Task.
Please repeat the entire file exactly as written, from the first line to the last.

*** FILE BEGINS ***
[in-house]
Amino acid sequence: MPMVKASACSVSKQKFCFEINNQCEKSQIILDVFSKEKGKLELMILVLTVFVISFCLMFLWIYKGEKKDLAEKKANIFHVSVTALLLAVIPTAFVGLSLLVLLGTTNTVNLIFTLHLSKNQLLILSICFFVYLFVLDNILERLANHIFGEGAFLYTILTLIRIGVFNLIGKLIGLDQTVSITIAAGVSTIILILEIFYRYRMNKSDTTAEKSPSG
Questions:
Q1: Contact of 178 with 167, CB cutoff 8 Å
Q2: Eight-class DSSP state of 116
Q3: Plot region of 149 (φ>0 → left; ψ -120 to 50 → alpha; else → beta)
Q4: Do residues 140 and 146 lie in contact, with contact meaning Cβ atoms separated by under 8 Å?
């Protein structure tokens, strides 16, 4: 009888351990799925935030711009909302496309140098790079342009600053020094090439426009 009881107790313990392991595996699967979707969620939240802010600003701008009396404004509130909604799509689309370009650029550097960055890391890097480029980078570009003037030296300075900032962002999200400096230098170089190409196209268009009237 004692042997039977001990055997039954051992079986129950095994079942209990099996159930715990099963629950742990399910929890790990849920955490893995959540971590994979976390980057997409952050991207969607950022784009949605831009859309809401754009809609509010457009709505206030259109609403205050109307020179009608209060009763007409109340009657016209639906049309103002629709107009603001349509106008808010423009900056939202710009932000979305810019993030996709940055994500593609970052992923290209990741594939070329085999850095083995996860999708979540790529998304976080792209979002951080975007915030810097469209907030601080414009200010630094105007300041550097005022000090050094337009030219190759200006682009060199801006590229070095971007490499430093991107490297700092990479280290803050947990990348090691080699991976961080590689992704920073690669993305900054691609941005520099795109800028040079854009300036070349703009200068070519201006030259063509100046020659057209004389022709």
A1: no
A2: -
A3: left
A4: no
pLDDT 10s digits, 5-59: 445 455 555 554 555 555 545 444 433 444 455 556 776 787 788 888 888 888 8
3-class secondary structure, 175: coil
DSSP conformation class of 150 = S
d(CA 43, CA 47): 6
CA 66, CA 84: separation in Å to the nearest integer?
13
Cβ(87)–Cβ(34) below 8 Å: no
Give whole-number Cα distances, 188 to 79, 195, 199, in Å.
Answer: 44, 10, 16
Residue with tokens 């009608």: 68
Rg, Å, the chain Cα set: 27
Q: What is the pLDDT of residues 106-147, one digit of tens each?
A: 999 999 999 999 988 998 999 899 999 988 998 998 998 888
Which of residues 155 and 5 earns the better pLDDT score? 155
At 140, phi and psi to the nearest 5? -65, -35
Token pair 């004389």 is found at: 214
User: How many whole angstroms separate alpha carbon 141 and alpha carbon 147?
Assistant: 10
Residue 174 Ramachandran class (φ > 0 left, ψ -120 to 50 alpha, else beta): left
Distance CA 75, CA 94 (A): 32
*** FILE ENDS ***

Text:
[in-house]
Amino acid sequence: MPMVKASACSVSKQKFCFEINNQCEKSQIILDVFSKEKGKLELMILVLTVFVISFCLMFLWIYKGEKKDLAEKKANIFHVSVTALLLAVIPTAFVGLSLLVLLGTTNTVNLIFTLHLSKNQLLILSICFFVYLFVLDNILERLANHIFGEGAFLYTILTLIRIGVFNLIGKLIGLDQTVSITIAAGVSTIILILEIFYRYRMNKSDTTAEKSPSG
Questions:
Q1: Contact of 178 with 167, CB cutoff 8 Å
Q2: Eight-class DSSP state of 116
Q3: Plot region of 149 (φ>0 → left; ψ -120 to 50 → alpha; else → beta)
Q4: Do residues 140 and 146 lie in contact, with contact meaning Cβ atoms separated by under 8 Å?
């Protein structure tokens, strides 16, 4: 009888351990799925935030711009909302496309140098790079342009600053020094090439426009 009881107790313990392991595996699967979707969620939240802010600003701008009396404004509130909604799509689309370009650029550097960055890391890097480029980078570009003037030296300075900032962002999200400096230098170089190409196209268009009237 004692042997039977001990055997039954051992079986129950095994079942209990099996159930715990099963629950742990399910929890790990849920955490893995959540971590994979976390980057997409952050991207969607950022784009949605831009859309809401754009809609509010457009709505206030259109609403205050109307020179009608209060009763007409109340009657016209639906049309103002629709107009603001349509106008808010423009900056939202710009932000979305810019993030996709940055994500593609970052992923290209990741594939070329085999850095083995996860999708979540790529998304976080792209979002951080975007915030810097469209907030601080414009200010630094105007300041550097005022000090050094337009030219190759200006682009060199801006590229070095971007490499430093991107490297700092990479280290803050947990990348090691080699991976961080590689992704920073690669993305900054691609941005520099795109800028040079854009300036070349703009200068070519201006030259063509100046020659057209004389022709």
A1: no
A2: -
A3: left
A4: no
pLDDT 10s digits, 5-59: 445 455 555 554 555 555 545 444 433 444 455 556 776 787 788 888 888 888 8
3-class secondary structure, 175: coil
DSSP conformation class of 150 = S
d(CA 43, CA 47): 6
CA 66, CA 84: separation in Å to the nearest integer?
13
Cβ(87)–Cβ(34) below 8 Å: no
Give whole-number Cα distances, 188 to 79, 195, 199, in Å.
Answer: 44, 10, 16
Residue with tokens 């009608």: 68
Rg, Å, the chain Cα set: 27
Q: What is the pLDDT of residues 106-147, one digit of tens each?
A: 999 999 999 999 988 998 999 899 999 988 998 998 998 888
Which of residues 155 and 5 earns the better pLDDT score? 155
At 140, phi and psi to the nearest 5? -65, -35
Token pair 């004389």 is found at: 214
User: How many whole angstroms separate alpha carbon 141 and alpha carbon 147?
Assistant: 10
Residue 174 Ramachandran class (φ > 0 left, ψ -120 to 50 alpha, else beta): left
Distance CA 75, CA 94 (A): 32